Mino traditional Japanese paper

Mino traditional Japanese paper Mino washi

Traditional Superior Techniques for Papermaking in Japan
The Harmony of Beauty and Utility

Description

Mino Washi is a type of Japanese paper made in Gifu Prefecture. Mino is a region of abundant nature and is blessed with the paper mulberry, a tree used to make Japanese paper. Ancient manuscripts in the Shosoin Repository in Nara indicate the history of papermaking as beginning in the Nara period, and Mino Washi was known for its balance of thinness, strength and beauty. Refined and highly-skilled artisan techniques bring out the very best from the raw materials and in the Edo period, it was known as being the finest paper and a favorite of the Tokugawa Shogunate.
In Gifu Prefecture, the Terao region in Seki City is especially famous for papermaking; the quality of paper is largely affected by water quality, so the paper texture differs slightly between production regions. Alongside Terao, other famous areas for high quality Mino Washi are Iwasa, Taniguchi and Makidani. Following on the success of Mino Washi, several handicrafts such as Gifu paper lanterns and umbrellas came to be manufactured in the prefecture.

History

Mino traditional Japanese paper - History

Mino Washi making presumably began in the Nara period, over 1300 years ago, and it became popular nationwide after the Muromachi period. The Toki Family, provincial military governors of Mino, took many measures to stimulate the local economy; one was to protect the silk-reeling industry, and another to hold the Rokusaiichi, a regular paper market. In response the paper industry grew steadily, and since the Toki Family were versed in culture and art, several of their associates such as court nobles and priests with an eye for quality also took up using Mino Washi. Scholars believe this significantly contributed to Mino Washi becoming popular throughout the nation.
In the Edo period, Mino became an official papermaking region under the national monopoly system defining local specialties. As a result, the Mino papers for the ubiquitous shoji sliding doors established a brand value nationwide. Before the monopoly system, Mino Washi was well-known as a high quality paper, but since then, it became popular among town dwellers and production rapidly expanded, leading to consumers easily associating Mino with shoji paper. With the abolition of the system in around the Meiji Restoration, demand for paper increased even more. In wartime, Mino Washi was used not only for daily goods, but also for military items like wadding paper for explosives. After the war, with the importing of petro-chemicals, opportunities for ordinary people to use Mino Washi naturally declined. However, in 1985, Mino Washi was designated as one of the Traditional Crafts by the Ministry of Economy, Trade and Industry. Craftsmen uphold the traditional handwork skills and still to the present day produce high-quality Mino Washi.

General Production Process

  1. 1. Preparation of raw materials Paper mulberry, a deciduous tree shrub belonging to the mulberry family, features long fibers and is the most commonly used fiber in making Japanese paper. Its paper is used in a variety of ways such as ceremonial, artistic, as in calligraphy and practical, as in shoji screens. Other trees used for Washi, both belonging to the daphne family, are paper bush, generally used to make printing paper with a slick and slightly glossy texture; and Diplomorpha sikokiana for paper with a glossy texture.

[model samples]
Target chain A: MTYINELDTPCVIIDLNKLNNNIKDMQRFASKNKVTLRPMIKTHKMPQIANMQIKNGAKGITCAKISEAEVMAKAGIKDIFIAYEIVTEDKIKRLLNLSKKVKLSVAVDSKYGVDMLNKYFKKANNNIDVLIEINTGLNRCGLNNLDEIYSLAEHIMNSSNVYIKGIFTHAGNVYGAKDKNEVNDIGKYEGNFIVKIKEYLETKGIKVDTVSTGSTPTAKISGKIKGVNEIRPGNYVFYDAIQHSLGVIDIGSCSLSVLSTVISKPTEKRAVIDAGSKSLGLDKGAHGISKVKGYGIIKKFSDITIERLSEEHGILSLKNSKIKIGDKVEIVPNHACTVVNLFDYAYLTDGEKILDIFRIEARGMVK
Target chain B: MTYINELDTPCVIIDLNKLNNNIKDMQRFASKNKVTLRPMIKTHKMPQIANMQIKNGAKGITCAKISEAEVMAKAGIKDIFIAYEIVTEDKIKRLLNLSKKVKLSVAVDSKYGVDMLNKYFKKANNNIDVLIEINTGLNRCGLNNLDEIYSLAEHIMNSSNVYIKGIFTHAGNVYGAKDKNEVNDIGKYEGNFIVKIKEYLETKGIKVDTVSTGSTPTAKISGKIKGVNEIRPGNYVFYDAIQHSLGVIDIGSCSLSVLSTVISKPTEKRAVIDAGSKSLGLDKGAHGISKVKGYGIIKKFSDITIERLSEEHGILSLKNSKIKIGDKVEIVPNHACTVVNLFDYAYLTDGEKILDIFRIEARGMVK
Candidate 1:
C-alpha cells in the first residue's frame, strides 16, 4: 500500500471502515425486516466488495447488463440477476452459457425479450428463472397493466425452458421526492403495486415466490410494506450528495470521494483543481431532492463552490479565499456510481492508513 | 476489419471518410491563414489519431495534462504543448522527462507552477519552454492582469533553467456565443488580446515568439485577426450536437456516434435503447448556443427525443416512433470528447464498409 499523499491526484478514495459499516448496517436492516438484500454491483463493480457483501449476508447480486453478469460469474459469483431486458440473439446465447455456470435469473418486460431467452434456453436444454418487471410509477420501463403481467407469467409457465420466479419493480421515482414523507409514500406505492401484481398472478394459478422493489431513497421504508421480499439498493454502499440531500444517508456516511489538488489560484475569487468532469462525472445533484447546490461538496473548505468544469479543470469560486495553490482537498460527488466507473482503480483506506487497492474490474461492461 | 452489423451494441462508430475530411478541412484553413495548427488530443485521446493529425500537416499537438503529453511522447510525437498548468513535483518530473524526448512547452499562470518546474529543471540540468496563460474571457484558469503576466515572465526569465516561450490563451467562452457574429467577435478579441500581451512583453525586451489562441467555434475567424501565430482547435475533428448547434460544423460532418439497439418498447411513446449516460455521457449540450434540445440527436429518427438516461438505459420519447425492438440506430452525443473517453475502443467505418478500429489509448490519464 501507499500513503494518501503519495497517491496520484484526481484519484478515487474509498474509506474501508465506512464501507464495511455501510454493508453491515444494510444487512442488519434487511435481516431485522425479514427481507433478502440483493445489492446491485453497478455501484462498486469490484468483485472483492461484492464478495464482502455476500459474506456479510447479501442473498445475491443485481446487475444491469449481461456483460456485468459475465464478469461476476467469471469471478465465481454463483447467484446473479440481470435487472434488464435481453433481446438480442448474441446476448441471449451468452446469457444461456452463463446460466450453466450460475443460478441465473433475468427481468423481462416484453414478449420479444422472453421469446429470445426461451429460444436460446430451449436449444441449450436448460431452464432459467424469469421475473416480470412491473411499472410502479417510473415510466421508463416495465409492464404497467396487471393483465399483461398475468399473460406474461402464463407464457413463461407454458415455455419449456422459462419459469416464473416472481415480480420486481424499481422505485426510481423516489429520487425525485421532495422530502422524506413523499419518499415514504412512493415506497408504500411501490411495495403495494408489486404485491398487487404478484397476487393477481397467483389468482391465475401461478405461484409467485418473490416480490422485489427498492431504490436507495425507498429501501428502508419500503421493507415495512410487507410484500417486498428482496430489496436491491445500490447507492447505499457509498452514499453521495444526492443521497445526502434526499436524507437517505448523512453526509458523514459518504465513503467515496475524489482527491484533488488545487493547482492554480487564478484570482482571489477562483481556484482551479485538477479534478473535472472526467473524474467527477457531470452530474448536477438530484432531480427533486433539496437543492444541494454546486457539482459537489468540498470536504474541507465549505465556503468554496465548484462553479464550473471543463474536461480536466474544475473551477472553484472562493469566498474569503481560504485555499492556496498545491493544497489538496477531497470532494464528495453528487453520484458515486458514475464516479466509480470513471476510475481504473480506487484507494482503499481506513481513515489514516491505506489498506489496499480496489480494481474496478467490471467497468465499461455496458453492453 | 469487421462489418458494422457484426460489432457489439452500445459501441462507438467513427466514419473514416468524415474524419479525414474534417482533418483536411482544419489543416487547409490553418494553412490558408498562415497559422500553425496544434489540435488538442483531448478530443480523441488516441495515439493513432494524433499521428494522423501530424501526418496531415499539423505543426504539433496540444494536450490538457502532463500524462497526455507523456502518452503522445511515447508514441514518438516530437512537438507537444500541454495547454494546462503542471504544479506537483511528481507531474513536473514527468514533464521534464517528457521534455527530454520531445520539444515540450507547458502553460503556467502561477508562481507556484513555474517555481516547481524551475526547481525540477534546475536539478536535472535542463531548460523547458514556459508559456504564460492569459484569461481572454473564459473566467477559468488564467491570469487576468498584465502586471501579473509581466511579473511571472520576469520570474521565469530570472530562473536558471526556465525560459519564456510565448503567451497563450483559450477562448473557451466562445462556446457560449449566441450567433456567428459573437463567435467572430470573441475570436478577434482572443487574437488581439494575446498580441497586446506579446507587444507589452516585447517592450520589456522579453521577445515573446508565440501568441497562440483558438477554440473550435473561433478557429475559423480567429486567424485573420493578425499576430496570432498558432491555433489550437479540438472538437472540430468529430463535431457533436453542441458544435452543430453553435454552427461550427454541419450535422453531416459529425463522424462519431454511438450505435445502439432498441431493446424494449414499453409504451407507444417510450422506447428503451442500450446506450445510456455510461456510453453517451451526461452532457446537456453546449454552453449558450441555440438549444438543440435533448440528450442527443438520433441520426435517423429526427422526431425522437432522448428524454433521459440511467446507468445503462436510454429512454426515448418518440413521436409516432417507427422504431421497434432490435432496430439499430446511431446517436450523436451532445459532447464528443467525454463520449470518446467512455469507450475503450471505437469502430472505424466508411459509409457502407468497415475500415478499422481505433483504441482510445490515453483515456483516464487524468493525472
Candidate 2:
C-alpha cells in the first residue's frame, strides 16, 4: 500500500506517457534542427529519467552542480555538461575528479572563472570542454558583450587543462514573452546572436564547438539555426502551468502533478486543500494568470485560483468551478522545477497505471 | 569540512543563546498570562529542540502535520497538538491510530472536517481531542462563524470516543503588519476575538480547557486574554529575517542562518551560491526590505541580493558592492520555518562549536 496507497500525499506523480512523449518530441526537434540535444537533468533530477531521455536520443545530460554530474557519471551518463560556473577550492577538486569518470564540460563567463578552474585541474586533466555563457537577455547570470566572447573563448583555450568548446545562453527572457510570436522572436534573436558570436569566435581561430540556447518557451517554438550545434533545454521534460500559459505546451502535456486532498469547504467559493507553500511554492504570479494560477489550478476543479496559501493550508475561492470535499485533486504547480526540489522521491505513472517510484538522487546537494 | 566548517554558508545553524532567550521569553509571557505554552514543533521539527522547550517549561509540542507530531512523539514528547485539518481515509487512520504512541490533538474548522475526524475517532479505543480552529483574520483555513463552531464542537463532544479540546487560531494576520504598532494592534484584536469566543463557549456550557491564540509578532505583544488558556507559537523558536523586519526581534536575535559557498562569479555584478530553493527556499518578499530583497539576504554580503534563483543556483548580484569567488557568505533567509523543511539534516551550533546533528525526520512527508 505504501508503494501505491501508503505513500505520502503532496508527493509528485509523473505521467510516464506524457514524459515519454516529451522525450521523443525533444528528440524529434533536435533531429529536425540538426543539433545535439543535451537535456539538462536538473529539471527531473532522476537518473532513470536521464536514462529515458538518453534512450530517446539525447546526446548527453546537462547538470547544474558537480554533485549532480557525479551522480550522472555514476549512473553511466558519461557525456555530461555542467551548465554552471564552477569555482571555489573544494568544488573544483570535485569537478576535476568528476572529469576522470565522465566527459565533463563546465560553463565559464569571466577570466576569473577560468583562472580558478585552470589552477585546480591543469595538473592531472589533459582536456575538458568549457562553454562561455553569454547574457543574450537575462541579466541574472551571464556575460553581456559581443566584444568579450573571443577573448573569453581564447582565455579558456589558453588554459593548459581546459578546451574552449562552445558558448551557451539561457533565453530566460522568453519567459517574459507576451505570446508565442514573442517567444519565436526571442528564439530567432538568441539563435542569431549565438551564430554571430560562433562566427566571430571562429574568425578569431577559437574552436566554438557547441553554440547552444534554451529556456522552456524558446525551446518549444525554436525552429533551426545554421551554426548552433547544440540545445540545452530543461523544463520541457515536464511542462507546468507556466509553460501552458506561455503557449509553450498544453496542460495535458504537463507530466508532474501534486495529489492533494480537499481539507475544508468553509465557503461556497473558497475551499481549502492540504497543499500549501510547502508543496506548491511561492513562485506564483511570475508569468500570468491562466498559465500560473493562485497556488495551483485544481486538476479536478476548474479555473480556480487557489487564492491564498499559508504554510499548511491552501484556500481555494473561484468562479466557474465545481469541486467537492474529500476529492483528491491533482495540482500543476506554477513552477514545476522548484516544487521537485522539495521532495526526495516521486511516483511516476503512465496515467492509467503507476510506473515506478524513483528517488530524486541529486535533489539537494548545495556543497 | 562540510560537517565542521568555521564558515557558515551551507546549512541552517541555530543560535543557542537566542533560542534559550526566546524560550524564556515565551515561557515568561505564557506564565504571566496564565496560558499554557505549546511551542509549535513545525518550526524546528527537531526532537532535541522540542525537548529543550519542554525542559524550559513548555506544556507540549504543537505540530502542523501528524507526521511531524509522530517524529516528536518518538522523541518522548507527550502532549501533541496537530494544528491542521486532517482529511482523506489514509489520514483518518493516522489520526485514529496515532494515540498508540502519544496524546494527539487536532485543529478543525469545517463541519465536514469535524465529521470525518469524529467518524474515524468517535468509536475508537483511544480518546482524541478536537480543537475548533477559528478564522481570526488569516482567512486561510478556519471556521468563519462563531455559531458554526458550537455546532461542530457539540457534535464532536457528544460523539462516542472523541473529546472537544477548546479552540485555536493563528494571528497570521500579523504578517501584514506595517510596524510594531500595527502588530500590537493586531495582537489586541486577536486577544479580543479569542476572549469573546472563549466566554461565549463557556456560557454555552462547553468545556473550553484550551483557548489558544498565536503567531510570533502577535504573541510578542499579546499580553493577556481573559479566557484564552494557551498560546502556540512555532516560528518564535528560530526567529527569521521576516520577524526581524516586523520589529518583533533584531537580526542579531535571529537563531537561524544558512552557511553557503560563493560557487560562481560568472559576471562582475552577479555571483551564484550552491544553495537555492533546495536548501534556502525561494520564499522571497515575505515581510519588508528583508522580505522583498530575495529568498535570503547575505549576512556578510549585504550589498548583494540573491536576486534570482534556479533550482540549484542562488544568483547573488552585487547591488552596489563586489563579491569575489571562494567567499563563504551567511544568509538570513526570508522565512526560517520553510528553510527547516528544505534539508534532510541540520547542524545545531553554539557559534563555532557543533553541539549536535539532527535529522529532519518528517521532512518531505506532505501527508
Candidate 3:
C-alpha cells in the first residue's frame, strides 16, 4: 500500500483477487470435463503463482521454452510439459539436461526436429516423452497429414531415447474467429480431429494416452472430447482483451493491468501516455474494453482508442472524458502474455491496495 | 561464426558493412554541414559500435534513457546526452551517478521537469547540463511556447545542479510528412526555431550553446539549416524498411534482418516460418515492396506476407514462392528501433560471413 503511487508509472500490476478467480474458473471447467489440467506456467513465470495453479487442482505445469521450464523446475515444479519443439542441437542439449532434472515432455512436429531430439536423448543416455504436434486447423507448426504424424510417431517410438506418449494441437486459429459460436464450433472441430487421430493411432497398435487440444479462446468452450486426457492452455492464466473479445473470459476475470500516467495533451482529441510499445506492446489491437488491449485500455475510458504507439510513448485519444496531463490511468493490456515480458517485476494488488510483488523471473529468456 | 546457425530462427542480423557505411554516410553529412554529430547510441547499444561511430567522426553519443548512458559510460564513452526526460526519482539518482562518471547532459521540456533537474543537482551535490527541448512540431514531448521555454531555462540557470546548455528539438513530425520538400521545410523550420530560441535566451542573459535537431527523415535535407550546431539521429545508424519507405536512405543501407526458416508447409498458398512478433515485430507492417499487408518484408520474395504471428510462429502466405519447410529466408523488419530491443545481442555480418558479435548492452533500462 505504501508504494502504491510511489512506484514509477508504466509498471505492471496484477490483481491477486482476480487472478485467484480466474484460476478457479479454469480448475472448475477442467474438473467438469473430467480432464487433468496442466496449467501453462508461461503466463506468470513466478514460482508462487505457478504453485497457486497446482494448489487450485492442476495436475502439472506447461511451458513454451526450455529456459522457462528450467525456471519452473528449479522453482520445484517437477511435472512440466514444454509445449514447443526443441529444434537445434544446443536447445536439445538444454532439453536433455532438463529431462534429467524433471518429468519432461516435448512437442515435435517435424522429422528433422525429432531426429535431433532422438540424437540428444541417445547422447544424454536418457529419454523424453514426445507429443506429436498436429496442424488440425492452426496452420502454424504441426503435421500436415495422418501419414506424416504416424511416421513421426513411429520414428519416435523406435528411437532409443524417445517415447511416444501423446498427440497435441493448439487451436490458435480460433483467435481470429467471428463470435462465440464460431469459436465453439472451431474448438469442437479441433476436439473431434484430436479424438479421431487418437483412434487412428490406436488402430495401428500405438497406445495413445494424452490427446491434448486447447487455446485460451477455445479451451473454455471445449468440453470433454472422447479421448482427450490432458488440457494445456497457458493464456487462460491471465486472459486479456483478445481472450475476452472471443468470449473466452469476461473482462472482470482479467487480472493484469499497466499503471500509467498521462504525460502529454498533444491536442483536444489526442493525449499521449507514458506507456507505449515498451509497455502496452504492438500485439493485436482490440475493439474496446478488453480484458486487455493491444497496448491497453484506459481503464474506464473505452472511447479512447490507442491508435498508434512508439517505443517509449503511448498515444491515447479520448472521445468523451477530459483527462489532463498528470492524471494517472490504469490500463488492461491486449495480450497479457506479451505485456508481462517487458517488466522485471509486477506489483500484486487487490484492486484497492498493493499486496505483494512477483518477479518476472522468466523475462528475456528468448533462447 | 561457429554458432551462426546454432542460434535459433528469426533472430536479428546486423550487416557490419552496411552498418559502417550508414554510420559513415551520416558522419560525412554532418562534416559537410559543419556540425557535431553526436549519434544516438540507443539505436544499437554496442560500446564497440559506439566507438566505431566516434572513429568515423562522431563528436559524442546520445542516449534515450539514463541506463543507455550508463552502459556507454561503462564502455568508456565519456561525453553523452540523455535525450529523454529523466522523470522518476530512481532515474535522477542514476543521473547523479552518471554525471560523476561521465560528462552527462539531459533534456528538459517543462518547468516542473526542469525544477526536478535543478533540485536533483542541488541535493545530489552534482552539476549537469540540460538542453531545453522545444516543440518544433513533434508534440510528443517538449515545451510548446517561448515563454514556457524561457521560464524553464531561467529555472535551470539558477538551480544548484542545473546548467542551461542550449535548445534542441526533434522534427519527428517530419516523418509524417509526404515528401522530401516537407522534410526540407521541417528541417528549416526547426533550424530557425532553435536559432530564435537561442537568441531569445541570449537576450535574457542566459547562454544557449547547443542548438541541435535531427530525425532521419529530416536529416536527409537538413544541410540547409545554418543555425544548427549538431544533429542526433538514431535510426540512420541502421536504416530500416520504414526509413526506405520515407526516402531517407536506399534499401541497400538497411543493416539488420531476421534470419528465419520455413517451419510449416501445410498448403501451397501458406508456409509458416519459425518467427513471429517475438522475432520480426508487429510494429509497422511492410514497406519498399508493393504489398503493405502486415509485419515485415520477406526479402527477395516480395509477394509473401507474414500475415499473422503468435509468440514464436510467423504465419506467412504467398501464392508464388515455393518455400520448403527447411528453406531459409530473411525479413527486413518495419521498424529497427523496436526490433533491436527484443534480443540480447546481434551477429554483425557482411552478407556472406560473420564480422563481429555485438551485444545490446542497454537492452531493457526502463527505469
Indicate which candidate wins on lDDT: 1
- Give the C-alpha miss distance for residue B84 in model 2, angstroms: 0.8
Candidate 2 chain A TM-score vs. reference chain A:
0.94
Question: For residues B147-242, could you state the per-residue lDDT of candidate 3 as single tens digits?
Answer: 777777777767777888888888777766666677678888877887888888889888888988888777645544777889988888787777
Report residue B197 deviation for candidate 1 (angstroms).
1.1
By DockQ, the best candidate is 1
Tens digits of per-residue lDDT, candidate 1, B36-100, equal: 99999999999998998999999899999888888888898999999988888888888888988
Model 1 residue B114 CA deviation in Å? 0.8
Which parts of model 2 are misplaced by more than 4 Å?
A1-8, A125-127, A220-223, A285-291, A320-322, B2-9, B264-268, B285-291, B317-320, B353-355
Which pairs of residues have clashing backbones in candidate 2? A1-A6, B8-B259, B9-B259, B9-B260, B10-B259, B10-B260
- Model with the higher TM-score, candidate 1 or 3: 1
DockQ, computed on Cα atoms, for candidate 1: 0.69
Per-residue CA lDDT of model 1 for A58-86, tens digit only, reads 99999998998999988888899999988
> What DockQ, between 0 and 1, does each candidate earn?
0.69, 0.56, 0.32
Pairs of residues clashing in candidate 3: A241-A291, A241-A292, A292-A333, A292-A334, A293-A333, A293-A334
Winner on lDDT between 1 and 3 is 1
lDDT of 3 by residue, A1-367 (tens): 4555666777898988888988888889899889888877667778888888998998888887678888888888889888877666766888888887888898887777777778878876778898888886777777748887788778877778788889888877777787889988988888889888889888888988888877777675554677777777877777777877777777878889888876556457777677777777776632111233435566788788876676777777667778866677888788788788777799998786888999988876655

Firstly trees are cut at the base, leaving enough stock for them to regrow; the wood is then stripped of the outer bark, and left in piles to dry.
  2. 2. Bleaching in river water The dried bark piles are left in a river or tank for 5 days or so to soften and remove impurities.
  3. 3. Boiling and aging To help loosen the long fibers, the softened bark is boiled for 1 to 2 hours in an alkaline solution, usually made of lime, or soda ash; in earlier times rice hulls or paddy straw were used.
  4. 4. Cleaning In this stage, hunched-over craftsmen spend hours removing knots and dirt from the decocted fibers; being done by hand the entire cleaning work takes a considerable time. Since the more perfectly this process is carried out directly affects the quality of the finished paper, such prolonged cleaning makes an enormous difference in quality, as is easily seen when comparing Mino Washi with other Japanese papers.
  5. 5. Beating Cleaned fibers are beaten on a board with a wooden hammer or pestle, and to further thin the fibers, a rounded bundle is beaten for about 10 minutes. Increasingly machines are used for this process, and fewer craftsmen remain true to this manual tradition.
  6. 6. Papermaking Thinned fibers are thrown into a sukibune water tank resembling a bathtub, water is added and a gelatinous mix made from the roots of sunset hibiscus stirred in with a bar. When the right degree of stickiness has been achieved, the pulp is scooped out onto a sukote wooden screen and gently agitated to prevent fibers from becoming tangled. This process makes the sheet of Mino Washi thinner, finer and stronger.
  7. 7. Drying The pulp paper contains plenty of water, so must be pulled up carefully with a stone or jack. The scooped paper is allowed to partially dry until some 60% has evaporated; the paper sheets now containing the remaining 40% of water are carefully laid on a board, and left to sun-dry.
  8. 8. Finishing After drying, each sheet is checked by an experienced artisan’s eye to thoroughly maintain the highest standards. Surprisingly, only 4% by weight of the original pulpwood finds its way into the finished product of Mino Washi. To make such gossamer light and durable paper requires the most careful and stringent work from start to finish.

Where to Buy & More Information

Mino-Washi No Sato Kaikan